This form of magnesium comes as a powder or gel that is meant to be mixed with water and drank. It is commonly used as a laxative for constipation and it takes effect anywhere from half an hour to six hours after ingestion. Magnesium Citrate is not intended for long term use unless it is recommended by a doctor.

Magnesium Chloride

Magnesium chloride is easily obtainable over the counter as an antacid, a promoter of bone health to combat osteoporosis, and a mild laxative. It commonly comes in a pill form and it is commonly derived from seawater. It can occasionally be found and used in a topical form to pinpoint and treat sore muscles. Epsom salts are another form of topical magnesium that can be absorbed into the body during an Epsom salt infused bath.

Magnesium Glycinate

Some individuals have a sensitivity to citric acid or oxides that makes those forms of magnesium produce laxative effects even in low doses. Magnesium Glycinate has no laxative effects for most individuals, so higher doses should not be of concern and it is commonly chosen for increased bioavailability of magnesium as well as its ability to improve sleep quality.

Magnesium malate

This supplemental magnesium can be found as a pill or capsule in most health and medication isles. It is considered mild, without laxative effect, and is commonly the best form of magnesium for increasing energy production.

Magnesium sulfate

This is an osmotic laxative that comes in liquid or powder form. The powder form must be mixed with water to be consumed and it is commonly given prior to colonoscopies.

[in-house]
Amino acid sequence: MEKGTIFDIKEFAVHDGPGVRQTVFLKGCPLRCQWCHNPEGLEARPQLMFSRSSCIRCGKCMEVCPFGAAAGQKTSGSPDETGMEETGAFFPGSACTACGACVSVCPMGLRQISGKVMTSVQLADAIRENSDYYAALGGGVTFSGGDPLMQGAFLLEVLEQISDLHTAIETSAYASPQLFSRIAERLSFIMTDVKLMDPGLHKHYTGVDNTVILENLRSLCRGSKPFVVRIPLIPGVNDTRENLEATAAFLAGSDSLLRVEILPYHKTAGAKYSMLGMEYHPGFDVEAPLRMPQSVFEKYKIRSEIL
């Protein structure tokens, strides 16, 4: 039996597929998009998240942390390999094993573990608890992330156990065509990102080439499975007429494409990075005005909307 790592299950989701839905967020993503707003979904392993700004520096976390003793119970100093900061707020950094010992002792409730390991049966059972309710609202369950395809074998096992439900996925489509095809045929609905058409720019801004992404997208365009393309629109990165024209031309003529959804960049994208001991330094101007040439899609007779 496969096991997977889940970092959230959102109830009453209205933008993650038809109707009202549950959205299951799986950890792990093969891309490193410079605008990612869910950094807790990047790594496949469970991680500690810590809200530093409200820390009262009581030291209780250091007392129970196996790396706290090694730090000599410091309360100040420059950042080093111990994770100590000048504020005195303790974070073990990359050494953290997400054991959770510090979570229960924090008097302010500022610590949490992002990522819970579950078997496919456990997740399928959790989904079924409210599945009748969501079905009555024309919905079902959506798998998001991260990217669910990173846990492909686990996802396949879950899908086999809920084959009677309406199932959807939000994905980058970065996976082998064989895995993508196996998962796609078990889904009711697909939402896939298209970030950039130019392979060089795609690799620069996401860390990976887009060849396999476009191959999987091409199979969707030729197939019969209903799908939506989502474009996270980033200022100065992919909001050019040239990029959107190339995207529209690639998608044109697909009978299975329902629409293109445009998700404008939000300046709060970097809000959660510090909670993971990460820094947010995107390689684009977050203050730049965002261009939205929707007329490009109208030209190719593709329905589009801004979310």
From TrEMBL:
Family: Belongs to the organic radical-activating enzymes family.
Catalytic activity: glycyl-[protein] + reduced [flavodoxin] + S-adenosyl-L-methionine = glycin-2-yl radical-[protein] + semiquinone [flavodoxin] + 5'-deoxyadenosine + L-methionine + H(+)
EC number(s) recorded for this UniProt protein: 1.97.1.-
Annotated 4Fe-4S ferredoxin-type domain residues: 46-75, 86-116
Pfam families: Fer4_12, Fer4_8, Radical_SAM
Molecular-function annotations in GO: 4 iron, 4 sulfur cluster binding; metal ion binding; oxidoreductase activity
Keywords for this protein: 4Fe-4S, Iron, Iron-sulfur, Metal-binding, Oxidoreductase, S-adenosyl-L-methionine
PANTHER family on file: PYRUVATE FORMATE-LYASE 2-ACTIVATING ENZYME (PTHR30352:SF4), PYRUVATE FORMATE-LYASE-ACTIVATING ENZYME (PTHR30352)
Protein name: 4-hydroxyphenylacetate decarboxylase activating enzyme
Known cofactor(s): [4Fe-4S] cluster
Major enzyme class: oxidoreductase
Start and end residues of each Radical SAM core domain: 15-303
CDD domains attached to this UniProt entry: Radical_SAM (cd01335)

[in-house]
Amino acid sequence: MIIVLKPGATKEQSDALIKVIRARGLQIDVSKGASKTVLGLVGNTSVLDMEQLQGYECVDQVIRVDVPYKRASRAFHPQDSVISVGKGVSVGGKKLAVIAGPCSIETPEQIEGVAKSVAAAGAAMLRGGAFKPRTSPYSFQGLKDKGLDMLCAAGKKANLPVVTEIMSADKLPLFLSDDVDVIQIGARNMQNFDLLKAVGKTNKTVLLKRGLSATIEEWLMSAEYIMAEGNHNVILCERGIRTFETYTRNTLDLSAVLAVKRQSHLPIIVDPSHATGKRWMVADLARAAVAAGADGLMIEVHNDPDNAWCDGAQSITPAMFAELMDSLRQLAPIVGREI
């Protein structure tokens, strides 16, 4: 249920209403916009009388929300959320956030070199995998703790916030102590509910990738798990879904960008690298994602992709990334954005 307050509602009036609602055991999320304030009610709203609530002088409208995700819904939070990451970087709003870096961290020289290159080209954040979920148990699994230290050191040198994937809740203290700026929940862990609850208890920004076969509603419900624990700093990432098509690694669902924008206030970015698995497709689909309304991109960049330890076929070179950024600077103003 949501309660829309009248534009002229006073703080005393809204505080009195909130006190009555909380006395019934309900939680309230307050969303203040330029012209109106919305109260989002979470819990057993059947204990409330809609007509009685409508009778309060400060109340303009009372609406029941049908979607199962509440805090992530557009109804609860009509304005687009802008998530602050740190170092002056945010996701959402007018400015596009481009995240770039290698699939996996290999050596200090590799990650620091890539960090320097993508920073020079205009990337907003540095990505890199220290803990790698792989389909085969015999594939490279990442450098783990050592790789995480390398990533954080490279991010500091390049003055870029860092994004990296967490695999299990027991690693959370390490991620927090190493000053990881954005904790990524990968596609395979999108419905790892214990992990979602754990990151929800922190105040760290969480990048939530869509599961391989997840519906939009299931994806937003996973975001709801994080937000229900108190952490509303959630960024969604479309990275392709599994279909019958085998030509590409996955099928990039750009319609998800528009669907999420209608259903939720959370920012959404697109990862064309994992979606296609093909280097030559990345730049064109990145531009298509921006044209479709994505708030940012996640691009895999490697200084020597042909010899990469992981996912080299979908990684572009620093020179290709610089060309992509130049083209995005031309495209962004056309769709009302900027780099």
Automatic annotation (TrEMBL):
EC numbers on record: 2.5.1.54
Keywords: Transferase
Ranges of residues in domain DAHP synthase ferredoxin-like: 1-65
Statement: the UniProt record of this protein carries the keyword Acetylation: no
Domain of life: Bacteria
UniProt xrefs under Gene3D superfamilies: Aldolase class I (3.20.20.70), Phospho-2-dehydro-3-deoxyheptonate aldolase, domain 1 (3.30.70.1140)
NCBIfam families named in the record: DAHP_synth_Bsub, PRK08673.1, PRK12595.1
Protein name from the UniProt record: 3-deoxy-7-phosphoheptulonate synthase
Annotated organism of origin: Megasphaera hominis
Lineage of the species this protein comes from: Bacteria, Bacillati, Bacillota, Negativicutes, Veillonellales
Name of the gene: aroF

Magnesium Orotate

Supplements for magnesium commonly contain magnesium orotate. This is a combination of magnesium salt and orotic acid that are poorly soluble in water, but well absorbed by cells. It has antioxidant-like properties and is meant to provide bioavailable magnesium to the body without a laxative effect.

Milk of Magnesia

The active ingredient in this form of magnesium is magnesium hydroxide. Milk of magnesia is the common name and it is commonly used to treat constipation for adults and children. It comes in a chewable tablet, a regular tablet, and a liquid form. In combination with calcium carbonate, it can also be used to combat indigestion, heartburn, and an upset stomach.

Magnesium l-threonate

This form of magnesium is being researched by the National Aging Institute (NIH) for its neurotransmitter related properties. It is expected that magnesium l-threonate has the ability to improve learning and memory for people suffering from dementia.


Citations:

  1. Office of Dietary Supplements - Magnesium. (n.d.). Retrieved October 26, 2020, from https://ods.od.nih.gov/factsheets/Magnesium-HealthProfessional/
  2. Health Information from the National Library of Medicine. (2020, October 21). Retrieved October 26, 2020, from https://medlineplus.gov/
  3. Magnesium L-Threonate to Enhance Learning and Memory in People with Dementia. (n.d.). Retrieved October 26, 2020, from https://www.nia.nih.gov/alzheimers/clinical-trials/magnesium-l-threonate-enhance-learning-and-memory-people-dementia
  4. Magnesium orotate. (n.d.). Retrieved October 26, 2020, from https://pubchem.ncbi.nlm.nih.gov/compound/Magnesium-orotate
  5. Howard, C. (2020, April 15). Magnificent Magnesium: Benefits, Form and Uses. Retrieved October 26, 2020, from https://ilchiro.org/magnificent-magnesium-benefits-form-and-uses/